But two free women, in a loving, sexual, committed, permanent relationship, raising children together? Nope, no marriage possible.
Something is horribly wrong with George’s definition of marriage, of comprehensive union, of organic bodily union.
Now, George might insist the full-hearted consent is need for a marriage, but this itself would be a radical notion. Throughout much of the world, throughout much of history, a girl married the man her family chose and stayed with him because it was her lot in life and role in the society. If George insists on full-hearted consent, then he’s as much of a “revisionist” as anyone — in fact, his view of marriage, the “conjugal” view, would be possible only because society has adopted what he considers the “revisionist” view.
Still, whether or not George insists on full-hearted consent for marriage, that still leaves rape as “organic bodily union,” which George defines as independent of thought, goal, and intent.
We’re back to spouses as stomachs
George revisits his digestion metaphor:
It is clear that the bodies of an infertile couple can unite organically through coitus. Consider digestion, the individual body’s process of nourishment. Different parts of that process — salivation, chewing, swallowing, stomach action, intestinal absorption of nutrients — are each in their own way oriented to the broader goal of nourishing the organism. But our salivation, chewing, swallowing, and stomach action remain oriented to that goal (and remain digestive acts) even if on some occasion our intestines do not or cannot finally absorb nutrients, and even if we know so before we eat.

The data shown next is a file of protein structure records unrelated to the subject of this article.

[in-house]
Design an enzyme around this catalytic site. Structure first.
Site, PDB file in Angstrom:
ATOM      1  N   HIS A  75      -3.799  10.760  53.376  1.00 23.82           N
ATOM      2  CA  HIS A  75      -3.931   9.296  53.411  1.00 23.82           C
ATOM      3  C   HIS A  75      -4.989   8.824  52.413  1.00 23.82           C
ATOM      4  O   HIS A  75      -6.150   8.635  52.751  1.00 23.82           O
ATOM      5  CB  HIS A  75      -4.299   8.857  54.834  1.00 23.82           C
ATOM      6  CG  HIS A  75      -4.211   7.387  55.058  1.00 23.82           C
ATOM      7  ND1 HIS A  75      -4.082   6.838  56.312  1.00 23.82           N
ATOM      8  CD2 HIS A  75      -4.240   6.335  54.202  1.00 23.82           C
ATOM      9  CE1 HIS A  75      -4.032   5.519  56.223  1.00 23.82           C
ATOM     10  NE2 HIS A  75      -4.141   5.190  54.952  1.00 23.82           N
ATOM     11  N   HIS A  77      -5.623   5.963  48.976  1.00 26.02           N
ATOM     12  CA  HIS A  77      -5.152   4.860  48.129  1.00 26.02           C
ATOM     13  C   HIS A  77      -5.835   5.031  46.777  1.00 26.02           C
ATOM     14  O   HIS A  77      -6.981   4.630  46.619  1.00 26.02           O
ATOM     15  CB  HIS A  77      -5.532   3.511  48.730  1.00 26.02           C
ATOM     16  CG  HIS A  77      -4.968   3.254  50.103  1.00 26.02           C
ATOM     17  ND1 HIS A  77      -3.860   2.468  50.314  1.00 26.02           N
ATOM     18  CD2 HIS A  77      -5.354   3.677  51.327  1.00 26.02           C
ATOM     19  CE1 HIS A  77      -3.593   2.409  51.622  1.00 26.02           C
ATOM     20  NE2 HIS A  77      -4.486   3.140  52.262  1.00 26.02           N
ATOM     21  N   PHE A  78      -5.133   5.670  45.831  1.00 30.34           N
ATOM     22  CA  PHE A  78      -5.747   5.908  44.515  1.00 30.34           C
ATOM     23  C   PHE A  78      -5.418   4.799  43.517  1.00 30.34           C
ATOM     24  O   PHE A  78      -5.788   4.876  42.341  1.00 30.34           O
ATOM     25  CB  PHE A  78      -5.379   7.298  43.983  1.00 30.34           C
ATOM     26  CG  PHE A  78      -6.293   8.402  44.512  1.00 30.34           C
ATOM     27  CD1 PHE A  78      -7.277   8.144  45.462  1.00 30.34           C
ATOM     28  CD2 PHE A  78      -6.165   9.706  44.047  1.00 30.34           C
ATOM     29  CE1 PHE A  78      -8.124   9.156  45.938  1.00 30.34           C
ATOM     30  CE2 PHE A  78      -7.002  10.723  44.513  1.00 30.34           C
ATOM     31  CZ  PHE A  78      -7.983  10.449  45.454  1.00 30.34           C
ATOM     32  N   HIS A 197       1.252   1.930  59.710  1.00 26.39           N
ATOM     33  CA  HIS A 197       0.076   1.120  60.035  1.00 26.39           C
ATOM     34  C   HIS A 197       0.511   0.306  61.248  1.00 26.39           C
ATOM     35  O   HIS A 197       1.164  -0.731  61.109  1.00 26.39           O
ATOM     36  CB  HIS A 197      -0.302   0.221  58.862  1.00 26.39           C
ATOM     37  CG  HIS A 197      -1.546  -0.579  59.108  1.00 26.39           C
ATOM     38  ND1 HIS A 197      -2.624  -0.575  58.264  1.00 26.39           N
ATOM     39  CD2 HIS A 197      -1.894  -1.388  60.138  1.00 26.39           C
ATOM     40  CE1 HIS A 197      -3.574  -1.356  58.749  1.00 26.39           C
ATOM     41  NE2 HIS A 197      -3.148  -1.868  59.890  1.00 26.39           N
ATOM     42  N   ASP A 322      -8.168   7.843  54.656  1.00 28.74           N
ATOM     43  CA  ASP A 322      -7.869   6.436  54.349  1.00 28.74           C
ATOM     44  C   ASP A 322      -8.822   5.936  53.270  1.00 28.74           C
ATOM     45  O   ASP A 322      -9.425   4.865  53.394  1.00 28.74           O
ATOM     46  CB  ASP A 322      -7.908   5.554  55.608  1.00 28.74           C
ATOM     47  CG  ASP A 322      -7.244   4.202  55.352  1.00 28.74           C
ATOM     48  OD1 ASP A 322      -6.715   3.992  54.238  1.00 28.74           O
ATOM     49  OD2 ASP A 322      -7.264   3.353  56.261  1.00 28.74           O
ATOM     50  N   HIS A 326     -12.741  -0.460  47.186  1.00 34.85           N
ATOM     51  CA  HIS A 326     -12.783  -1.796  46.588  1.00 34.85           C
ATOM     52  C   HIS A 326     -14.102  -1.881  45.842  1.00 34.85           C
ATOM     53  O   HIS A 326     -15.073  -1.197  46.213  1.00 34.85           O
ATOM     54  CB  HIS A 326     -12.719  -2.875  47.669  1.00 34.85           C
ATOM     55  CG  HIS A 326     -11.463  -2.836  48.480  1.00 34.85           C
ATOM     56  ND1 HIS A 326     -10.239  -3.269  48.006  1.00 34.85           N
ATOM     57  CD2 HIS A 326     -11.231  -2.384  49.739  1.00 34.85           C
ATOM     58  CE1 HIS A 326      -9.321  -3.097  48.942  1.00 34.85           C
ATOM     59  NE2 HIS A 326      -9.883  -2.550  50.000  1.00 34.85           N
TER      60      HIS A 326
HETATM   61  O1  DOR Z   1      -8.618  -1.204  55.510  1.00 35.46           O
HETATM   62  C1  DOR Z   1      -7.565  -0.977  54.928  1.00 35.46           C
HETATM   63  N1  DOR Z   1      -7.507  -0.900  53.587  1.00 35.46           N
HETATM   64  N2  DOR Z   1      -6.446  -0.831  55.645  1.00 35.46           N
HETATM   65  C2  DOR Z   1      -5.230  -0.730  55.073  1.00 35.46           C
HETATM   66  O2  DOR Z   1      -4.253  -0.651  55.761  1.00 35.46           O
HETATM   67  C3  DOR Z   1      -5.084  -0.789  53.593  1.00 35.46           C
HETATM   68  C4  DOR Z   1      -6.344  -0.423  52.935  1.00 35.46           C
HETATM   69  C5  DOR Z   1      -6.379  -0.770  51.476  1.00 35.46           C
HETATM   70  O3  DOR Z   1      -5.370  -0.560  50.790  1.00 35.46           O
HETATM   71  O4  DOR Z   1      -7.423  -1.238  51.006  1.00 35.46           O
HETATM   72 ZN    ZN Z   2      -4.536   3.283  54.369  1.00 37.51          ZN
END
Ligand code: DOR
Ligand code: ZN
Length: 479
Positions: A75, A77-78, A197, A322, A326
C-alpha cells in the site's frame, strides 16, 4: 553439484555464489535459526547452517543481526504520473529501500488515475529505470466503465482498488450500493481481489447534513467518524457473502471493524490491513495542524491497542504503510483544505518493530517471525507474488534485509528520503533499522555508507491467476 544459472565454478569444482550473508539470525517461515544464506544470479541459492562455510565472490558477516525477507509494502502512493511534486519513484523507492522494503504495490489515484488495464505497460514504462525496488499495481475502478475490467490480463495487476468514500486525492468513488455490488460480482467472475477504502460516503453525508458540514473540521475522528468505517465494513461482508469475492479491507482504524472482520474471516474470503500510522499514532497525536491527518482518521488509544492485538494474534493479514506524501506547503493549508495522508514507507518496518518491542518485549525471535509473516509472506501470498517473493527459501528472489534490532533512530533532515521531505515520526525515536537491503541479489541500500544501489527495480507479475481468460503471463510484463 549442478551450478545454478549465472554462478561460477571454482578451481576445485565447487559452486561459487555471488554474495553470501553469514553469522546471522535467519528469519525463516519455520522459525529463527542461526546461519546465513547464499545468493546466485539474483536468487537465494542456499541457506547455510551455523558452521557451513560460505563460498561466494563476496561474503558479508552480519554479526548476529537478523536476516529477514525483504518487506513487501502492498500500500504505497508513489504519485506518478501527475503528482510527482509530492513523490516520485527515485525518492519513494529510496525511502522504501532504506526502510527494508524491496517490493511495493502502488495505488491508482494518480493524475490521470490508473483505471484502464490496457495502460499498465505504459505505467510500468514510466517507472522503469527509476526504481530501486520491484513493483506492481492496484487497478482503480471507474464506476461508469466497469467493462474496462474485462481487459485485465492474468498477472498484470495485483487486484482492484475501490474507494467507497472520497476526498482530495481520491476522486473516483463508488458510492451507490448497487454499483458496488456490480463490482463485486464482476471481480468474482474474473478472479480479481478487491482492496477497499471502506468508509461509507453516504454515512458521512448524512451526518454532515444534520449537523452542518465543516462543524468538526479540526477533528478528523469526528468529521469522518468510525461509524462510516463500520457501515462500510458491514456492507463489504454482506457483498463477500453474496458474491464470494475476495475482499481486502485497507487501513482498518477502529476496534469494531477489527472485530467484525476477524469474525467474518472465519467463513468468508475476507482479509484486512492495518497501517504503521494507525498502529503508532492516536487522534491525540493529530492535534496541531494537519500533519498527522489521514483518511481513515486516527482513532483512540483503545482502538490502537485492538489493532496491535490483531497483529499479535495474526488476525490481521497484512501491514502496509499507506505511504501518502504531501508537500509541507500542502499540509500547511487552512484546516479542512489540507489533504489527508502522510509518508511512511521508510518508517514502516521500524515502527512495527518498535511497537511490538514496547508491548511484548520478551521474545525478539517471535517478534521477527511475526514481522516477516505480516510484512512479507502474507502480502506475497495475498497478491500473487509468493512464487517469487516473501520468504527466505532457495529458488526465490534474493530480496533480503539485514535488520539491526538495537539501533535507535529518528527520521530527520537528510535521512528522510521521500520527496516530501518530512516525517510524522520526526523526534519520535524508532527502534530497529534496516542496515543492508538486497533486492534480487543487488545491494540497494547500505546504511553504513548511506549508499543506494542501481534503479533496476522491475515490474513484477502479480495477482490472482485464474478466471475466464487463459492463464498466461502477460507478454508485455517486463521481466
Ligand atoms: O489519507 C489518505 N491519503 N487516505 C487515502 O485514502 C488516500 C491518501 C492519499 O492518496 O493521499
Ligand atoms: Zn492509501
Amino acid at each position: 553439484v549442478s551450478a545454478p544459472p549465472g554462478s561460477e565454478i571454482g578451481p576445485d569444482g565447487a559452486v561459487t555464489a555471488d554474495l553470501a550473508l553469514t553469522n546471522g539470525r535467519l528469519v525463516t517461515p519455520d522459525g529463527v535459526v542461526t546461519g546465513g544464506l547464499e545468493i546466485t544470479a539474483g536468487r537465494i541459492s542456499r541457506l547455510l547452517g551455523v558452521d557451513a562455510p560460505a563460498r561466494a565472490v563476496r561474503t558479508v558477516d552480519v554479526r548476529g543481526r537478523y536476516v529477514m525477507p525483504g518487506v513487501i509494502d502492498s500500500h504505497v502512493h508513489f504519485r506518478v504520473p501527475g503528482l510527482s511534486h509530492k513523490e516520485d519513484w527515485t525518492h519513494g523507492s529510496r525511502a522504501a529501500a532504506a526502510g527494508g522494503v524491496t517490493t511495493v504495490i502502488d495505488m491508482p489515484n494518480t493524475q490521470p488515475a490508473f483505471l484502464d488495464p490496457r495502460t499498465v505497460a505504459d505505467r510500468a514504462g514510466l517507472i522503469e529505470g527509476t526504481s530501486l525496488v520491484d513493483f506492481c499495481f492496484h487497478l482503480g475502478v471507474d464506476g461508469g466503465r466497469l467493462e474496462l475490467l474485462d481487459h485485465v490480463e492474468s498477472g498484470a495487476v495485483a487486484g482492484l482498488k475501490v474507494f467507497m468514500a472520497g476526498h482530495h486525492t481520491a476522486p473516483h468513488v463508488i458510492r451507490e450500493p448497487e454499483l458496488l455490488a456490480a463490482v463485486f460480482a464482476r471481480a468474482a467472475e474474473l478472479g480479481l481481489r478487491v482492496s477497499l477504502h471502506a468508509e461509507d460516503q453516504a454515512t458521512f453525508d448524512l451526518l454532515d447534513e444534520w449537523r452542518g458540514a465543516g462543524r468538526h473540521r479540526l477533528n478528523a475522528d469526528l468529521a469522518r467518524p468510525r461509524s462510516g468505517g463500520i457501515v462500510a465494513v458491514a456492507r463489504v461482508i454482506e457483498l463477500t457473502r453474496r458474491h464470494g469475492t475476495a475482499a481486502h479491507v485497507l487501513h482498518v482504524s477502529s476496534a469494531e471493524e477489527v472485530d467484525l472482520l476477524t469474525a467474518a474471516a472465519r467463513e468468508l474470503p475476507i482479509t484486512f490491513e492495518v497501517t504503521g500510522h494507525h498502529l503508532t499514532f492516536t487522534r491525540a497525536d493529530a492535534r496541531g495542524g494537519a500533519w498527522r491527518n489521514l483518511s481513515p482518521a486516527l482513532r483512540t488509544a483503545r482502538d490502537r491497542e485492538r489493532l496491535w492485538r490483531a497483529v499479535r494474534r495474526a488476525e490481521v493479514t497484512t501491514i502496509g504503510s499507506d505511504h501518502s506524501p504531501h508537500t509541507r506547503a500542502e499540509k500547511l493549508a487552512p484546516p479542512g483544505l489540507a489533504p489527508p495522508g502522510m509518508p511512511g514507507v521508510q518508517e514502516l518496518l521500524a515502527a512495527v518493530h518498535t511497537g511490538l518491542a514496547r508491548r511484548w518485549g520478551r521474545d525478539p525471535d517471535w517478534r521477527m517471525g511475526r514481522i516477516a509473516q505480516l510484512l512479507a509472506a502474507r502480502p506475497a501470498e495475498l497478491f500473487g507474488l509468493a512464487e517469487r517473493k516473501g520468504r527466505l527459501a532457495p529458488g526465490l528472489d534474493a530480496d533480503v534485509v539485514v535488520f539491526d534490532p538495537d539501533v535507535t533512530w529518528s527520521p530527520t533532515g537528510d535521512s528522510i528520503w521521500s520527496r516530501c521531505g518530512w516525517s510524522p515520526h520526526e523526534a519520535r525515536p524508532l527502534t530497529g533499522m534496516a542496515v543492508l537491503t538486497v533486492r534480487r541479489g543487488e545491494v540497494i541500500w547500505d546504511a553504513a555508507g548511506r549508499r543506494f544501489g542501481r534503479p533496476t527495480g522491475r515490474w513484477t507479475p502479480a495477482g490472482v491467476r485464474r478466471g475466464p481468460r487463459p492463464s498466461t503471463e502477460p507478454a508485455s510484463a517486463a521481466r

Similarly, the behavioral parts of the process of reproduction do not lose their dynamism toward reproduction if non-behavioral factors in the process — for example, low sperm count or ovarian problems — prevent conception from occurring, even if the spouses expect this beforehand. As we have argued, bodies coordinating toward a single biological function for which each alone is not sufficient are rightly said to form an organic union.
Thus, infertility is no impediment to bodily union and therefore (as our law has always recognized) no impediment to marriage.
The digestion metaphor is odd and misguided, but let’s begin with the most mysterious phrase: “dynamism toward reproduction.” This is (yet another) undefined term. At first I thought by “dynamism” George meant something like, capable of producing change or accomplishing a goal. But in that case, he’s self-evidently wrong because for infertile people, “the behavioral parts of the process of reproduction” have no capacity to produce a reproductive change or accomplish a reproductive goal. That’s what “infertile” means.
Reluctantly, then, I went to the dictionary. The best I could do was “great energy, force, or power; vigor,” but that fails too. Sex between an infertile couple has no reproductive energy, force, power, or vigor. And, as I said above, they’re not “coordinating toward a single biological function for which each alone is not sufficient.”
New analogy, same mistake.
None of this makes any sense to me. The digestion metaphor doesn’t help either. To begin with, forget about stomachs and intestines. George is very clear about distinguishing between behavioral and non-behavioral factors. Intestines are not part of the “behavioral process of digestion.” It’s not behavior: it’s involuntary muscle action. Instead, consider chewing which, like sex, is a behavioral choice.* If a person has a medical condition that makes swallowing impossible, then chewing in fact is no longer “oriented” to the goal of digestion. If the person chews food at all, it will be only to enjoy the flavor.
In other words: Just as chewing is not a digestive act when digestion is impossible, sexual intercourse is not a reproductive act when reproduction is impossible.
I do not believe George’s words mean what he thinks they mean